Underlying much of the show will be a deep unease about the future course of American defense spending. Since the United States accounts for the great majority of the world’s defense spending, the serious prospect of cuts totaling hundreds of billions over the next decade, casts a pall over the show. The clouds began to gather at last year’s Farnborough Air Show when Lockheed Martin announced it would substantially reduce its presence at the show.
According to Colin Clark column in AOL Defense, this year Lockheed took the same basic approach, with CEO Bob Stevens telling the press at their now annual pre-Paris breakfast that he would not attend the show again and his company would cut its spending on the show by one-third. That amounts to only a few million dollars but Lockheed, Boeing and Northrop Grumman are all wary of spending much money on such a high-profile event.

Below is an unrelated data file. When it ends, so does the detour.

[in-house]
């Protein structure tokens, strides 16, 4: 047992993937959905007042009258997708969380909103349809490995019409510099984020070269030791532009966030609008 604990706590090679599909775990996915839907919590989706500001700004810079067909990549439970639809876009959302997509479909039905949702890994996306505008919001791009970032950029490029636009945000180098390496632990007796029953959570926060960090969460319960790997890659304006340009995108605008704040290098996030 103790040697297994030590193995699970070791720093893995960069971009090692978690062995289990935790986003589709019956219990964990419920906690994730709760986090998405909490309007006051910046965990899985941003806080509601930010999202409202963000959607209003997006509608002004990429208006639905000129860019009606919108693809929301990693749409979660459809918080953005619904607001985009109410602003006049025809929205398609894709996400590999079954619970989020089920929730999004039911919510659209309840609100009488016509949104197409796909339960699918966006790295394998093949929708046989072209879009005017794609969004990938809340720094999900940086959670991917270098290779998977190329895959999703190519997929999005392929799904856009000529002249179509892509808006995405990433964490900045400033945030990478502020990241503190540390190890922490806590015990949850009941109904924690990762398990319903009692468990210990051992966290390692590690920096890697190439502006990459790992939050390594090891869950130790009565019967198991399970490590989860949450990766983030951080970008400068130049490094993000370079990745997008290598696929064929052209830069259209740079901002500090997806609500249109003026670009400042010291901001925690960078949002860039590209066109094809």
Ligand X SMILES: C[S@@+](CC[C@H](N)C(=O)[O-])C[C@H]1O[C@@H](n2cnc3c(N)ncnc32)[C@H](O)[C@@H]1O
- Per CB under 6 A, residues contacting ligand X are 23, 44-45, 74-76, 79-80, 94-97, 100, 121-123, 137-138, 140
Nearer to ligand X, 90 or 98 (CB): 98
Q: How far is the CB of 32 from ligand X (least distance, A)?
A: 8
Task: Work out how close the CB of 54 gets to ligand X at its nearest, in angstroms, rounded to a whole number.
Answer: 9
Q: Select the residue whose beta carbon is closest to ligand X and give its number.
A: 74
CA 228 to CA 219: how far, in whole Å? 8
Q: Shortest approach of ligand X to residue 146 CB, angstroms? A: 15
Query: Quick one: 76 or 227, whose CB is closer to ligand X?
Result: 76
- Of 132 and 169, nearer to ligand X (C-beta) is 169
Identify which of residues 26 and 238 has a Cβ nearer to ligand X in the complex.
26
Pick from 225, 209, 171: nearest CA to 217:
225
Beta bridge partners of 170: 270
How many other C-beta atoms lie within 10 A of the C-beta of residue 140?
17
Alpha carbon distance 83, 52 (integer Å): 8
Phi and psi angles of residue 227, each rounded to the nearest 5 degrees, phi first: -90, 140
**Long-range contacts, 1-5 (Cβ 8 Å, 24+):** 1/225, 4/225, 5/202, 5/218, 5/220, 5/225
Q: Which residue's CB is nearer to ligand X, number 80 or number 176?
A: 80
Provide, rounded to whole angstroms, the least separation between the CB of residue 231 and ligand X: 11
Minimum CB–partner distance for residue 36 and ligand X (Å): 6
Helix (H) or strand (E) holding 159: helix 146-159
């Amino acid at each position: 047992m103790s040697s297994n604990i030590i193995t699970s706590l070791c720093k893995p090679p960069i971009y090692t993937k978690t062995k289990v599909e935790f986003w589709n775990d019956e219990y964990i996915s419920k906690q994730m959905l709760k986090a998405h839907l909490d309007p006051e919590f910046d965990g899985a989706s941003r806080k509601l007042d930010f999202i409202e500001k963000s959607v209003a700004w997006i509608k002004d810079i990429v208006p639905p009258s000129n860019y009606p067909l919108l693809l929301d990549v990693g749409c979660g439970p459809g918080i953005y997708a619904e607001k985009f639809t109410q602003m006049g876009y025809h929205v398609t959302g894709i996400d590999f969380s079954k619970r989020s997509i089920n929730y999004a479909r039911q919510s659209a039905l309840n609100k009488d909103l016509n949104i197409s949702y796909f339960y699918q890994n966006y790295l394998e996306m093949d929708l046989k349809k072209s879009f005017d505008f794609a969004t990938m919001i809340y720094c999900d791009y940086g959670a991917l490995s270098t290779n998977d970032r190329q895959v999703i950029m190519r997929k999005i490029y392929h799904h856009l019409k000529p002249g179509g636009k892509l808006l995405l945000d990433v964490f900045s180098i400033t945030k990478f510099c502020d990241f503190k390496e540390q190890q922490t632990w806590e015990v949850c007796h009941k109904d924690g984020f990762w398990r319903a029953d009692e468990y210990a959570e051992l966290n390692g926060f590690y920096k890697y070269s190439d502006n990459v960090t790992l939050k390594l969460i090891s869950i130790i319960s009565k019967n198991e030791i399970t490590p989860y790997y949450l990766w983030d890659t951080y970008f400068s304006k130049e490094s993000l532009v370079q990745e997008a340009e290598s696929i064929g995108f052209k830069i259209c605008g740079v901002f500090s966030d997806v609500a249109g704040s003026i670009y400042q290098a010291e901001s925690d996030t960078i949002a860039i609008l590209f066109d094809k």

The senior leaders at the Pentagon have made clear they are watching the defense companies closely and want them to keep costs under tight control. On the other hand. Raytheon is playing up its attendance and offerings at the show, clearly more confident that their business model will benefit. Raytheon is doing well with international sales, which make up about 25 percent of recent sales.
Read Colin Clark’s article on AOL Defense